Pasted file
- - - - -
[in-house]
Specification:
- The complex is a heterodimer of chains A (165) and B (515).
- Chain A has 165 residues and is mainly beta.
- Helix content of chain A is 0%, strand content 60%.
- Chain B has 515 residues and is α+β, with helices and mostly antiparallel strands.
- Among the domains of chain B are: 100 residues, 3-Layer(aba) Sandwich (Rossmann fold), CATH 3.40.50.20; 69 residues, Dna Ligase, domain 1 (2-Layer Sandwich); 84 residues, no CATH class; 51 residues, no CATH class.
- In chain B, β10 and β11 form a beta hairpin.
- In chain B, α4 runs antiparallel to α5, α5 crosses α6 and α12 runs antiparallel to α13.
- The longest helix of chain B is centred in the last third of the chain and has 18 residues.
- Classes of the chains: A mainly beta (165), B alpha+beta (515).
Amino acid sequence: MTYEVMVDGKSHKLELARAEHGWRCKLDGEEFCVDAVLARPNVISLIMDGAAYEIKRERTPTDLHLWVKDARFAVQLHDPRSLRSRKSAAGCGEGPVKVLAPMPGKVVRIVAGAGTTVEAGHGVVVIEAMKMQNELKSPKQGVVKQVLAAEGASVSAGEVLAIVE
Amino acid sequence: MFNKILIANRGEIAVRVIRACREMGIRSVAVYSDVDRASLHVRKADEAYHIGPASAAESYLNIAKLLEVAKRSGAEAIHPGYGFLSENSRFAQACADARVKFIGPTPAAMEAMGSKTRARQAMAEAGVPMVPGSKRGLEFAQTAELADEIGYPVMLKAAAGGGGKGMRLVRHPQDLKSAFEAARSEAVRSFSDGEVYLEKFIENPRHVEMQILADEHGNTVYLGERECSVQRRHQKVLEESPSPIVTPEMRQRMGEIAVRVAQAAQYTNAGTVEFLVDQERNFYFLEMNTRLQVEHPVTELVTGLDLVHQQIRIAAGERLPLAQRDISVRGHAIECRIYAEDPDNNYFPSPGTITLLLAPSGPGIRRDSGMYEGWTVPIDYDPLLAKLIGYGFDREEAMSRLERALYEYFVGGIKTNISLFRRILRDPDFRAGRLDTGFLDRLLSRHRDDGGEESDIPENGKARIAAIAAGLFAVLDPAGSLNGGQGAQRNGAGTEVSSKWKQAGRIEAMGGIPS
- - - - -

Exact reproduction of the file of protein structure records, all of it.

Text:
[in-house]
Specification:
- The complex is a heterodimer of chains A (165) and B (515).
- Chain A has 165 residues and is mainly beta.
- Helix content of chain A is 0%, strand content 60%.
- Chain B has 515 residues and is α+β, with helices and mostly antiparallel strands.
- Among the domains of chain B are: 100 residues, 3-Layer(aba) Sandwich (Rossmann fold), CATH 3.40.50.20; 69 residues, Dna Ligase, domain 1 (2-Layer Sandwich); 84 residues, no CATH class; 51 residues, no CATH class.
- In chain B, β10 and β11 form a beta hairpin.
- In chain B, α4 runs antiparallel to α5, α5 crosses α6 and α12 runs antiparallel to α13.
- The longest helix of chain B is centred in the last third of the chain and has 18 residues.
- Classes of the chains: A mainly beta (165), B alpha+beta (515).
Amino acid sequence: MTYEVMVDGKSHKLELARAEHGWRCKLDGEEFCVDAVLARPNVISLIMDGAAYEIKRERTPTDLHLWVKDARFAVQLHDPRSLRSRKSAAGCGEGPVKVLAPMPGKVVRIVAGAGTTVEAGHGVVVIEAMKMQNELKSPKQGVVKQVLAAEGASVSAGEVLAIVE
Amino acid sequence: MFNKILIANRGEIAVRVIRACREMGIRSVAVYSDVDRASLHVRKADEAYHIGPASAAESYLNIAKLLEVAKRSGAEAIHPGYGFLSENSRFAQACADARVKFIGPTPAAMEAMGSKTRARQAMAEAGVPMVPGSKRGLEFAQTAELADEIGYPVMLKAAAGGGGKGMRLVRHPQDLKSAFEAARSEAVRSFSDGEVYLEKFIENPRHVEMQILADEHGNTVYLGERECSVQRRHQKVLEESPSPIVTPEMRQRMGEIAVRVAQAAQYTNAGTVEFLVDQERNFYFLEMNTRLQVEHPVTELVTGLDLVHQQIRIAAGERLPLAQRDISVRGHAIECRIYAEDPDNNYFPSPGTITLLLAPSGPGIRRDSGMYEGWTVPIDYDPLLAKLIGYGFDREEAMSRLERALYEYFVGGIKTNISLFRRILRDPDFRAGRLDTGFLDRLLSRHRDDGGEESDIPENGKARIAAIAAGLFAVLDPAGSLNGGQGAQRNGAGTEVSSKWKQAGRIEAMGGIPS